Knowing I'm responsible for 20+ students makes me take this seriously and think about an event too unfathomable to comprehend. All I know is I'd go to the ends of the earth and back to make sure my students were safe - even if it means training in a school with the sounds of gunfire blanks.

Resources:

Local Article about SynergySolutions

ALICE Training Institute - How to Respond to an Active Shooter Event  

Department of Homeland Security - Active Shooter Preparedness

School Lockdown Calculus: The Line Between Preparedness & Trauma-by Dr. Steven Schlozman

What are your ideas about REALISTIC training scenarios such as this?





9 comments:

  1. Hi Nan;

    This is a very good practice in today's world. Preparedness is a very big key to do the right things without having to guess at what to do.
    Being prepared and a plan to follow and real live practice of the plan will help all the kids and teachers to feel that they can do what is necessary without panic.
    Great job for all of us to follow no matter where you may be.

    Dad

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    Replies
    1. Thanks Dad! You are right that preparedness is the key. This is a lesson you taught me way back when I first started driving (before cell phones). I think you had me keep jumper cables, blanket, flashlight and some water in the care along with a DIME to make a phone call! Sad to say that now we have to plan for even greater emergencies. Thanks for taking the time to comment.

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  2. Dont forget after barricaded the doors etc to turn phones if yoh have them to vibrate.
    The live peactice is a great idea!
    Vinny

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    Replies
    1. Hi Vinny,
      Thank you for that great point! Sure wouldn't want to go through all that only to have a phone start ringing. Also makes me think I should carry my phone with me so I can call 911!.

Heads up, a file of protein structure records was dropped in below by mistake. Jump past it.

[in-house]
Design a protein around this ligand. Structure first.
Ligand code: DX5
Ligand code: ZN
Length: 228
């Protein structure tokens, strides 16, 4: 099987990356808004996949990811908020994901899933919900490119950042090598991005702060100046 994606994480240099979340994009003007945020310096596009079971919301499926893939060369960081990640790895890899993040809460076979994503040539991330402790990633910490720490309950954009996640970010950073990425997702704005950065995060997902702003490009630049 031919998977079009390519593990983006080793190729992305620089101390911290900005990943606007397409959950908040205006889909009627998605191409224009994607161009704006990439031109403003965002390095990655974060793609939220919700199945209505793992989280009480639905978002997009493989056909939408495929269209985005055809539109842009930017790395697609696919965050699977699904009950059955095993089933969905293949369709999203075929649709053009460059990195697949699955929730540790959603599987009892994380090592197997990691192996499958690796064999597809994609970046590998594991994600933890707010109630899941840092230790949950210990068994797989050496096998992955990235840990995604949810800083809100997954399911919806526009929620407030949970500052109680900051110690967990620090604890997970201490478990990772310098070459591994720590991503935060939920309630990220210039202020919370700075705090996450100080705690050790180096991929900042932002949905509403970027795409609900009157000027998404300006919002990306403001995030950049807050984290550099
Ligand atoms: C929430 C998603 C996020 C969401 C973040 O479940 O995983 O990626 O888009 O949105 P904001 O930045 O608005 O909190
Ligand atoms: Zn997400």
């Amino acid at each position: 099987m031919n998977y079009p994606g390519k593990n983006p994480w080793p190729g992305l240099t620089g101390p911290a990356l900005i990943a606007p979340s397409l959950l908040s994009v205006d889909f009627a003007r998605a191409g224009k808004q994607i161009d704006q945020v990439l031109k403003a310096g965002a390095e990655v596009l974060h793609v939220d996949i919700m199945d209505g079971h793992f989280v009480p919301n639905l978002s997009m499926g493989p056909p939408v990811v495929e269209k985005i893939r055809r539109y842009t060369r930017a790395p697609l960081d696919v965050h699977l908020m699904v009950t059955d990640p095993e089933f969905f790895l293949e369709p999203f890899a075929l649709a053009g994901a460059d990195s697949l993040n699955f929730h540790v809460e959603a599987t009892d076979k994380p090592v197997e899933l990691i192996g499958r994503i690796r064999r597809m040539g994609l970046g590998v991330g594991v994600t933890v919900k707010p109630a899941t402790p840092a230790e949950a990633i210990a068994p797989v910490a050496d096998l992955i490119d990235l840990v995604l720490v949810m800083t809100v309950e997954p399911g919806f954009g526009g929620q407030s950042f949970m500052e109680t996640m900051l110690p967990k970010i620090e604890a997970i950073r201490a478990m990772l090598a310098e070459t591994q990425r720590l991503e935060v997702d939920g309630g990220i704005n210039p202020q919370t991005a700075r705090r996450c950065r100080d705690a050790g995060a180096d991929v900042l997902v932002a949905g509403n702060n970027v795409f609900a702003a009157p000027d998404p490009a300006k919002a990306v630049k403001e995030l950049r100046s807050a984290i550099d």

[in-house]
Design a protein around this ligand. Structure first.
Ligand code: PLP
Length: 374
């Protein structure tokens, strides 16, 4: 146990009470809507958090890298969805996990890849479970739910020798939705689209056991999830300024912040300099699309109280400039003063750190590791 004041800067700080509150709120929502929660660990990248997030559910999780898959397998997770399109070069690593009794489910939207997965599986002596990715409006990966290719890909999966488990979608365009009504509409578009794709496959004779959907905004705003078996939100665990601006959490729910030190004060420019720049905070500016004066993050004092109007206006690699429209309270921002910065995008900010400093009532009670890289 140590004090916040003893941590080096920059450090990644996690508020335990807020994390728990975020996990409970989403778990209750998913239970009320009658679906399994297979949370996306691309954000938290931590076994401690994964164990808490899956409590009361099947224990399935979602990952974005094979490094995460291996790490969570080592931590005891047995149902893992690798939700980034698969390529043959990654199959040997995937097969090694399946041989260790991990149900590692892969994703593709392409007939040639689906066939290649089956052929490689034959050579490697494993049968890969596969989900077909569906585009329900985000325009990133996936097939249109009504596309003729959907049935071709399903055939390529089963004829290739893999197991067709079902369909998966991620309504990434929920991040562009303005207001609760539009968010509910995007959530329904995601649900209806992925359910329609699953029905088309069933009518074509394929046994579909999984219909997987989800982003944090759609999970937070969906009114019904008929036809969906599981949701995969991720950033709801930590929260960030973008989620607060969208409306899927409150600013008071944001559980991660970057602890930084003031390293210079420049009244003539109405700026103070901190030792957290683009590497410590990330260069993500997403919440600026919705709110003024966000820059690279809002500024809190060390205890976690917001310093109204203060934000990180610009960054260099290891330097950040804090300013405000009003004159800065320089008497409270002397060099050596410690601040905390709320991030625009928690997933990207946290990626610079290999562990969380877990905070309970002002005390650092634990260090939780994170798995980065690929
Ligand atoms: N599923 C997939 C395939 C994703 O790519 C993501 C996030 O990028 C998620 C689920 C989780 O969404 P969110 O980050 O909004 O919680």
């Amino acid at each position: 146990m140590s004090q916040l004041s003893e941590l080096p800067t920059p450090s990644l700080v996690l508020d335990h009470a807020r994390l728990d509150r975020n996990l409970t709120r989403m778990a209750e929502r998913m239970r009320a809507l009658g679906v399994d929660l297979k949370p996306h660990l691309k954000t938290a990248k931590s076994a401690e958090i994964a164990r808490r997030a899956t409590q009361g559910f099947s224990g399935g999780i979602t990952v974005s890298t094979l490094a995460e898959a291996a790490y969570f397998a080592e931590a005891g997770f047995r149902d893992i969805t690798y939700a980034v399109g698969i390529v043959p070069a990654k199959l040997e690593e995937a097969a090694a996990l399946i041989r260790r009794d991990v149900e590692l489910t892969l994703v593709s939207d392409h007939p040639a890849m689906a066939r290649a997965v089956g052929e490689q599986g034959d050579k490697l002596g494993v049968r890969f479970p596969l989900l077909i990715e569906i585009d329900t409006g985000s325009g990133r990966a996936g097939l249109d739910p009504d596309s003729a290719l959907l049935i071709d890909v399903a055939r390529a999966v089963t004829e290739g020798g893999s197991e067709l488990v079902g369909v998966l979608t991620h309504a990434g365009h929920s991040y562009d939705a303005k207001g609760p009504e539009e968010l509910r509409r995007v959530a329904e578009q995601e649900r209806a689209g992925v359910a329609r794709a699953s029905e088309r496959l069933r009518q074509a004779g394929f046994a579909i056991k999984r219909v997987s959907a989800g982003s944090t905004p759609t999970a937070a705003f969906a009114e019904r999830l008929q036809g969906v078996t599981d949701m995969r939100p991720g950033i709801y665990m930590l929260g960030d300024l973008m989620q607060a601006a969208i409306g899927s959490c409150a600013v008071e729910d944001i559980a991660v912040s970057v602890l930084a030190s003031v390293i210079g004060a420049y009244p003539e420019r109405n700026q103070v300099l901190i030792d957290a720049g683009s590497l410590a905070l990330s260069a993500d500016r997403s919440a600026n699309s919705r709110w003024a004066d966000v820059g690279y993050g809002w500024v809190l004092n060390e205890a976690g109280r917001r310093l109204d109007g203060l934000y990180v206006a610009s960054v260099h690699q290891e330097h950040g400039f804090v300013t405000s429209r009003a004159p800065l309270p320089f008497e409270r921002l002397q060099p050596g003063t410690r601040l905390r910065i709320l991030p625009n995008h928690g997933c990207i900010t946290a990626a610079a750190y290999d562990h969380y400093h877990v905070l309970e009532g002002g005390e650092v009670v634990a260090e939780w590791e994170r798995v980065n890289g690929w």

Thank you for taking the time to comment.

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  3. Hi Nancy - I read this because we also have training in our workplace but I don't think anything could be more frightening than being responsible for someone else's kids. Our program is called Run, Hide, Fight from the DHS. We don't act it out but we provided CBTs and handouts to the entire organization and its required training for new hires. We encourage them to pass along the information. Having three simple words somewhere in your head during a panic is better than nothing. We have privacy panels on our indoor office panels and encourage folks to be aware of multiple ways to get out of the building know matter where they are. No locks yet. Will all the training help? Who knows. Some folks who are cool and calm day to day might be the ones to freak out, and those mousy quiet ones might just take control. We will never know how we will react and hopefully, we will never find out. Strange world we live in now.

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    Replies
    1. Hi Diana,
      I agree that having 3 simple words in our heads might help. I remember in the "old" days we had a flip chart that stayed in our "top right hand drawer" which we would pull out if a "code" was being issued. By the time we got through reading what we should do it was just about too late. I think something like this is easier to process than a list of do's and don'ts.
      Strange world indeed! Nobody should have to worry about such things in a work place or school.
      Thanks for taking the time to comment.

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    2. Great training. I hope you never have to put it into action but now it's in your head and you have a plan. I think the parents of Walpole should be proud and happy to hear that their teachers are always outstanding, not just in education, but in every aspect of taking care of their children. Right about the three simple words. I'll bet no one my age forgets the, "stop, drop and roll".

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    3. On behalf of the Walpole Public Schools I'll say thank you for that compliment. I'm not sure the parents realize all that happens behind the scenes - but we certainly work to make sure the students are safe!

      Another great example of "the magic of three" - Stop, Drop & Roll!

      Thanks for taking the time to comment!

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  4. In today's rapidly developing world, REALISTIC training scenarios is very important. I like your tips and ideas. Will someone write my paper for me? It's crucial!

    ReplyDelete

I welcome your comments and ideas!!